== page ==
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Unprecedented early Tokyo heat wave breaks records, sparks power supply fears

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An unusually intense and unprecedented heat wave affecting Tokyo has resulted in authorities asking residents to switch off their and all unessential appliances with the power grid under extreme pressure.

The heat wave that started on Saturday, June 25 and which has continued into the new week has seen temperature records broken with the mercury hitting 40.2 degrees centigrade in 30 minutes northwest of the capital.

More than 250 people have been admitted to hospitals in the capital suffering from heat stroke, whilst at least one person is known to have died from heat exhaustion. The 94-year-old man was found in his room with no air-conditioning.

Heat stroke warnings were issued over the weekend for six of Japan’s 47 prefectures with the Japanese Meteorological Agency and environment ministry on Saturday, recommending people remain indoors to stay cool.

Authorities have said that power supplies will be under the most pressure from 3 to 6 pm, with The Ministry of Economy, Trade, and Industry (METI) saying: “Please save as much power as possible, such as by turning off lights that are not in use.”

The earliest end to the rains since records began in 1951 is said to be the cause of the unusual weather and is according to weather forecasters an indication of what is to come with summer expected to be hotter than expected.

Temperatures are expected to drop off late Monday afternoon with the temperatures experienced over the last few days considered extreme heat and the earliest arrival of the higher temperatures since records began in 1875.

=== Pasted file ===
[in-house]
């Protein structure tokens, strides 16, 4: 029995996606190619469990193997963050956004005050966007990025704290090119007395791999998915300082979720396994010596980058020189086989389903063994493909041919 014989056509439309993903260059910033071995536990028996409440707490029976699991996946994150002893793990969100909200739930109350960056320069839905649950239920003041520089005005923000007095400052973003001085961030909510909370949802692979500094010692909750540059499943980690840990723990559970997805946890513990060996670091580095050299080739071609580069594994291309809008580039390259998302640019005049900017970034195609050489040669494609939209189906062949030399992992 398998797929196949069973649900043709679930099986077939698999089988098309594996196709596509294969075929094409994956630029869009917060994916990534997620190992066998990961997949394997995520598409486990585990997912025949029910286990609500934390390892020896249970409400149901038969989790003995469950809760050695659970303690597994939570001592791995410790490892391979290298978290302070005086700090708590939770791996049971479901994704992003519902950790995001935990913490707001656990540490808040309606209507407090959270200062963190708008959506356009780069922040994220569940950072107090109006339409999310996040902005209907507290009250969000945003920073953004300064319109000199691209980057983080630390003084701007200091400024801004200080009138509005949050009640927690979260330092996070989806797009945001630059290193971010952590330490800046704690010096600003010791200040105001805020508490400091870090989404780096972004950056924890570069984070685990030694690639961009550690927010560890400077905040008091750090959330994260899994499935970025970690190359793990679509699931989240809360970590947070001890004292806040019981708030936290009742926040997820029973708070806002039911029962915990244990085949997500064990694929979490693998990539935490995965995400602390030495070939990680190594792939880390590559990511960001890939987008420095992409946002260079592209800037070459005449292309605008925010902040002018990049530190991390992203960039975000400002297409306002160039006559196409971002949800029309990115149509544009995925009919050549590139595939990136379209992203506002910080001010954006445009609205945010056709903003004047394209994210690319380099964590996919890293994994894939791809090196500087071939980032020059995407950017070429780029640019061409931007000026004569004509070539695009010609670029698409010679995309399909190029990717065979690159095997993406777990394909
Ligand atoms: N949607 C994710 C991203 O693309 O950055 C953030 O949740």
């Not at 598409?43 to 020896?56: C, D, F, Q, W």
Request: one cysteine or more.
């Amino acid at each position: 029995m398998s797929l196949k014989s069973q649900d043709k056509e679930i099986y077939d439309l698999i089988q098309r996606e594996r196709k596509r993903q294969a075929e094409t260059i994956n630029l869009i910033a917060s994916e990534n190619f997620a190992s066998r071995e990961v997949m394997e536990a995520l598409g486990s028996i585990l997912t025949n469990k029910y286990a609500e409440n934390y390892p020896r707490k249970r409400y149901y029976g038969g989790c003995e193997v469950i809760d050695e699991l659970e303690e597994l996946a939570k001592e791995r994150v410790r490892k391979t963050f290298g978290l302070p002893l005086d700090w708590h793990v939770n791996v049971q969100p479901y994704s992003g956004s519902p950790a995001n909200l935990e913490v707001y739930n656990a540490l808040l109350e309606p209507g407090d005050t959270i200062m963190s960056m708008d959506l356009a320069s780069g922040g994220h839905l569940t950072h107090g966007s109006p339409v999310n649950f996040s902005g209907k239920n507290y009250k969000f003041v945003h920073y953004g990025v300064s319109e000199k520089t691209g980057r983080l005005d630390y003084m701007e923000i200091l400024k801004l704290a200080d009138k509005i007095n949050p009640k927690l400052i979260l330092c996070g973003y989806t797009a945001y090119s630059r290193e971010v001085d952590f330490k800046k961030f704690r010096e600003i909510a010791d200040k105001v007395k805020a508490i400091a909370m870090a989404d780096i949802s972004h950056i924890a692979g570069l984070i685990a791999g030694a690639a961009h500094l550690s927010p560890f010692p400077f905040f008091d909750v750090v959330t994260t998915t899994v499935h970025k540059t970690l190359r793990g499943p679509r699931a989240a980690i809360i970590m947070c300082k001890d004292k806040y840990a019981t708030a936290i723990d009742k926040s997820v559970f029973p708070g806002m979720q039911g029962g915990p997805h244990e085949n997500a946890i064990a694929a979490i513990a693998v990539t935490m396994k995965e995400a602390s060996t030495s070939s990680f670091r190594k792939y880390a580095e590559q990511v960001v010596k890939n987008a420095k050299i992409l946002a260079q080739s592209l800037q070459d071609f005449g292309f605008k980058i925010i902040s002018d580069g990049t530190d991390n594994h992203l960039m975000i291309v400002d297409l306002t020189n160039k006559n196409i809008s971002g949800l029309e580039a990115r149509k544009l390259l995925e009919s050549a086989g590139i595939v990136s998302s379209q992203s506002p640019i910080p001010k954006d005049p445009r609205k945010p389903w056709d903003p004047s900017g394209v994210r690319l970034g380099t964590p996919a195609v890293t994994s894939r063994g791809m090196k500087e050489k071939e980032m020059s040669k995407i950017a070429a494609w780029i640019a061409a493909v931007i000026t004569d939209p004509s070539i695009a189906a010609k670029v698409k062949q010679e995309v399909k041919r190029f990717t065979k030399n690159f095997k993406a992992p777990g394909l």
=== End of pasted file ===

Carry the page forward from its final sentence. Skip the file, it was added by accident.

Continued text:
Another weather station in central Tokyo logged 35.4C earlier in the day, marking the earliest arrival since records began in 1875 of an above-35C day in the capital – considered extreme heat in Japan.

The country is already struggling with energy supply on the back of Russian sanctions, the shutting down of the Fukushima nuclear plant and the closure of old coal power stations.

The unprecedented heat wave in Tokyo follows similarly early extreme temperatures that have been experienced so far this year in places as far apart as the US, Spain and Pakistan.


Thank you for taking the time to read this article, do remember to come back and check The Euro Weekly News website for all your up-to-date local and international news stories and remember, you can also follow us on Facebook and Instagram.

Peter McLaren-Kennedy

Originally from South Africa, Peter is based on the Costa Blanca and is a web reporter for the Euro Weekly News covering international and Spanish national news. Got a news story you want to share? Then get in touch at editorial@euroweeklynews.com.



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